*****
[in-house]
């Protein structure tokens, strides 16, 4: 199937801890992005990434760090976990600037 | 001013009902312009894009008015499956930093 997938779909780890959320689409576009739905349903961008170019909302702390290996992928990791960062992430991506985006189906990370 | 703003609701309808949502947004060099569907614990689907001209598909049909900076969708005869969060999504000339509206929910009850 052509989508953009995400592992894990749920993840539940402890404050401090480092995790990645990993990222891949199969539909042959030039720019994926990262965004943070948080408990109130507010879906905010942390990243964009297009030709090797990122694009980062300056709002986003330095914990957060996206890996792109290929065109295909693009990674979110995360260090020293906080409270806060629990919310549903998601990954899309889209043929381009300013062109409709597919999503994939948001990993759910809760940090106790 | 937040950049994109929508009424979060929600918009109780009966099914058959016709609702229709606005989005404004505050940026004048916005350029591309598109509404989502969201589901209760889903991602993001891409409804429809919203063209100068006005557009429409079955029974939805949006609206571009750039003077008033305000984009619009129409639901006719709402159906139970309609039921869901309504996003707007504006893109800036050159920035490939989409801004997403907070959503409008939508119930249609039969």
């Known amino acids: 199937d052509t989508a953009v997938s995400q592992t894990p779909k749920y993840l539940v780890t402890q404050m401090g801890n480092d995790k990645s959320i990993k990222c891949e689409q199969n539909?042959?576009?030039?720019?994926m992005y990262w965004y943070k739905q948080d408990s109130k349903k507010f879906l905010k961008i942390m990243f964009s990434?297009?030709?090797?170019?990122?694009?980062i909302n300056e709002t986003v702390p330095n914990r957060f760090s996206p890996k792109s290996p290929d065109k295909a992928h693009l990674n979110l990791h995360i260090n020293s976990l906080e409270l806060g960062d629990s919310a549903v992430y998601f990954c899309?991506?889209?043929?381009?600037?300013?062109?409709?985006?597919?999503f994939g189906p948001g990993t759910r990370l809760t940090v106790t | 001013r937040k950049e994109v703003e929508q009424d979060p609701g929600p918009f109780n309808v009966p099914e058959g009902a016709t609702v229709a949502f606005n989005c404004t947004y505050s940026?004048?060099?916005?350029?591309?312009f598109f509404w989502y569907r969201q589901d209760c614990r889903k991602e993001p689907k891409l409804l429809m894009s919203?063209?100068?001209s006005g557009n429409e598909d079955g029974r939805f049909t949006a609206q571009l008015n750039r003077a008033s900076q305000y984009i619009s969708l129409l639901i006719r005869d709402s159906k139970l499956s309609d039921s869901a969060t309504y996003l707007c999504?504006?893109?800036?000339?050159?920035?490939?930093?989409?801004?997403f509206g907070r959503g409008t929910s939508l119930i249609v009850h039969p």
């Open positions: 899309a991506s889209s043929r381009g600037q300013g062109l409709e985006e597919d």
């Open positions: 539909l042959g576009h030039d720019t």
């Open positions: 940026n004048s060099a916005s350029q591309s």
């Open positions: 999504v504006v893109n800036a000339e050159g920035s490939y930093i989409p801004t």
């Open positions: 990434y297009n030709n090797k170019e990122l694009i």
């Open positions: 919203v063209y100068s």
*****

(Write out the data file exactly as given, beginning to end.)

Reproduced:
[in-house]
């Protein structure tokens, strides 16, 4: 199937801890992005990434760090976990600037 | 001013009902312009894009008015499956930093 997938779909780890959320689409576009739905349903961008170019909302702390290996992928990791960062992430991506985006189906990370 | 703003609701309808949502947004060099569907614990689907001209598909049909900076969708005869969060999504000339509206929910009850 052509989508953009995400592992894990749920993840539940402890404050401090480092995790990645990993990222891949199969539909042959030039720019994926990262965004943070948080408990109130507010879906905010942390990243964009297009030709090797990122694009980062300056709002986003330095914990957060996206890996792109290929065109295909693009990674979110995360260090020293906080409270806060629990919310549903998601990954899309889209043929381009300013062109409709597919999503994939948001990993759910809760940090106790 | 937040950049994109929508009424979060929600918009109780009966099914058959016709609702229709606005989005404004505050940026004048916005350029591309598109509404989502969201589901209760889903991602993001891409409804429809919203063209100068006005557009429409079955029974939805949006609206571009750039003077008033305000984009619009129409639901006719709402159906139970309609039921869901309504996003707007504006893109800036050159920035490939989409801004997403907070959503409008939508119930249609039969």
């Known amino acids: 199937d052509t989508a953009v997938s995400q592992t894990p779909k749920y993840l539940v780890t402890q404050m401090g801890n480092d995790k990645s959320i990993k990222c891949e689409q199969n539909?042959?576009?030039?720019?994926m992005y990262w965004y943070k739905q948080d408990s109130k349903k507010f879906l905010k961008i942390m990243f964009s990434?297009?030709?090797?170019?990122?694009?980062i909302n300056e709002t986003v702390p330095n914990r957060f760090s996206p890996k792109s290996p290929d065109k295909a992928h693009l990674n979110l990791h995360i260090n020293s976990l906080e409270l806060g960062d629990s919310a549903v992430y998601f990954c899309?991506?889209?043929?381009?600037?300013?062109?409709?985006?597919?999503f994939g189906p948001g990993t759910r990370l809760t940090v106790t | 001013r937040k950049e994109v703003e929508q009424d979060p609701g929600p918009f109780n309808v009966p099914e058959g009902a016709t609702v229709a949502f606005n989005c404004t947004y505050s940026?004048?060099?916005?350029?591309?312009f598109f509404w989502y569907r969201q589901d209760c614990r889903k991602e993001p689907k891409l409804l429809m894009s919203?063209?100068?001209s006005g557009n429409e598909d079955g029974r939805f049909t949006a609206q571009l008015n750039r003077a008033s900076q305000y984009i619009s969708l129409l639901i006719r005869d709402s159906k139970l499956s309609d039921s869901a969060t309504y996003l707007c999504?504006?893109?800036?000339?050159?920035?490939?930093?989409?801004?997403f509206g907070r959503g409008t929910s939508l119930i249609v009850h039969p």
């Open positions: 899309a991506s889209s043929r381009g600037q300013g062109l409709e985006e597919d």
């Open positions: 539909l042959g576009h030039d720019t």
């Open positions: 940026n004048s060099a916005s350029q591309s």
């Open positions: 999504v504006v893109n800036a000339e050159g920035s490939y930093i989409p801004t």
């Open positions: 990434y297009n030709n090797k170019e990122l694009i």
């Open positions: 919203v063209y100068s």